Wednesday, June 04, 2014

Motivational Speakers: The Success Marketplace

For good or ill, Nigerians are having a go. First Nigeria got wealthy. Then came the motivational speakers to sell Nigerians on their full potential. (FROM SLATE)[1]

“Several years ago I was a two-time college dropout,” says Steve Harris, one of Lagos’ most high-profile motivational speakers. “When life places a sticker and brands you as an incompetent or a ne’er-do-well, you need to get off your butt—excuse me—and remind them that this is not you.”

Harris is one of roughly a dozen people in Lagos making serious money as motivational speakers, and many more are hoping to do the same. He offered this seminar on “personal mastery” at a heavily discounted rate because he was speaking to a church group, but in the corporate world he commands up to $10,000 for a day’s training.

Ten years ago motivational speaking barely existed here, but practitioners say demand is growing. Nigeria’s economy averaged 7 percent annual growth in the last decade, but roughly 60 percent of the country’s people still live in poverty. In Lagos, a city of hustlers, there is a feeling that dreaming bigger and working harder will help bridge the gap between potential and performance, and motivational speaking is becoming big business.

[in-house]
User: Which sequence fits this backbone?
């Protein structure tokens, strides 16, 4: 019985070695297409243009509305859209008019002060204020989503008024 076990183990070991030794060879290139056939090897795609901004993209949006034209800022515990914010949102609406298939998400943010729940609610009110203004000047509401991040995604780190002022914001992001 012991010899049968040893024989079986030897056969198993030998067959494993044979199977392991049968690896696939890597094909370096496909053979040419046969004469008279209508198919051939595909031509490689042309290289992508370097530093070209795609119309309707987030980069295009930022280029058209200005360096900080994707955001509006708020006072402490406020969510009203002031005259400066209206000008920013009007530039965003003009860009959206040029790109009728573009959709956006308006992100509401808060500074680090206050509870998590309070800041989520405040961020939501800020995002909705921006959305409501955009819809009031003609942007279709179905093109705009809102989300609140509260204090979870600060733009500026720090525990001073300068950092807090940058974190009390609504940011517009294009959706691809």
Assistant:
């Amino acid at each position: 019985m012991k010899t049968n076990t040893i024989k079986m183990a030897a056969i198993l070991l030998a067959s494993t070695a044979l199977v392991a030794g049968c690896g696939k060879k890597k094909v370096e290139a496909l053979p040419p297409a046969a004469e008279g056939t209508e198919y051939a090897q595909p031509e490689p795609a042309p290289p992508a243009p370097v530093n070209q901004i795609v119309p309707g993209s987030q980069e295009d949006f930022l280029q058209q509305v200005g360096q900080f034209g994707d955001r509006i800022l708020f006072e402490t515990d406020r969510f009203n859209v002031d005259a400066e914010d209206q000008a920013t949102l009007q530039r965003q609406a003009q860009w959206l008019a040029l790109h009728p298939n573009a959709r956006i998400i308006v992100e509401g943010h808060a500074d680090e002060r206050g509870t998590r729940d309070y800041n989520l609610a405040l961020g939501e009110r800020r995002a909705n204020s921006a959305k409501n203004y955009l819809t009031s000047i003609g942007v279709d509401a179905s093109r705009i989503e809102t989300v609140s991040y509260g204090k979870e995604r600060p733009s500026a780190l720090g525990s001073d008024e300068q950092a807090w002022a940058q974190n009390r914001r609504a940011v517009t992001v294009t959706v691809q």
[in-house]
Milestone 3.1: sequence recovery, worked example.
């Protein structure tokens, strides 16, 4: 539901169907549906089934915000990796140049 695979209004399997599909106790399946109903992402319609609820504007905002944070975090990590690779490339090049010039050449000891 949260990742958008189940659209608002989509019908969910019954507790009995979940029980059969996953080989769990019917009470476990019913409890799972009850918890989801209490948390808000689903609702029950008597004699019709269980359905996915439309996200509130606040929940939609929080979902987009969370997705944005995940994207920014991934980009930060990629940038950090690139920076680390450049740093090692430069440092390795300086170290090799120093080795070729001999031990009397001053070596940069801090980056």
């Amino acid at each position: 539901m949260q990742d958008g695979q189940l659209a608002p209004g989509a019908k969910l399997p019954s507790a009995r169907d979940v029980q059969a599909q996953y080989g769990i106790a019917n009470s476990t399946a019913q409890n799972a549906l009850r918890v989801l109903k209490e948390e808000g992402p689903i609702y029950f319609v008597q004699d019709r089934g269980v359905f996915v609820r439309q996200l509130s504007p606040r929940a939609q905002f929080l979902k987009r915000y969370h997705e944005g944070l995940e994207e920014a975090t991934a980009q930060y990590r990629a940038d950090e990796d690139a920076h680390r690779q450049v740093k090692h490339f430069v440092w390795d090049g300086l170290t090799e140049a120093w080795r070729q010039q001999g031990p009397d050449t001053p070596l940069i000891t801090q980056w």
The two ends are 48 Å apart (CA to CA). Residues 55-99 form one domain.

“Inspiration and motivation are beginning to become big deals … we get so many invitations that we turn [some] down,” Harris tells me. Nigerians, he says, “are in need of hope—they’re looking for something that tells them it can be better.”

Hunger for success is visible everywhere in Lagos, where street hawkers sell copies of Forbes magazine alongside packs of gum. Oil and the massive size of the domestic market have gilded a tiny minority of Nigerians in riches in recent years. The country’s rate of private jet purchasing has begun to rival China’s. Although Nigeria’s announcement of its place as Africa’s GDP leader in April was overshadowed by Boko Haram’s recent attacks and mass kidnapping of teenage girls, Lagos remains a magnet for the ambitious.

Source: Slate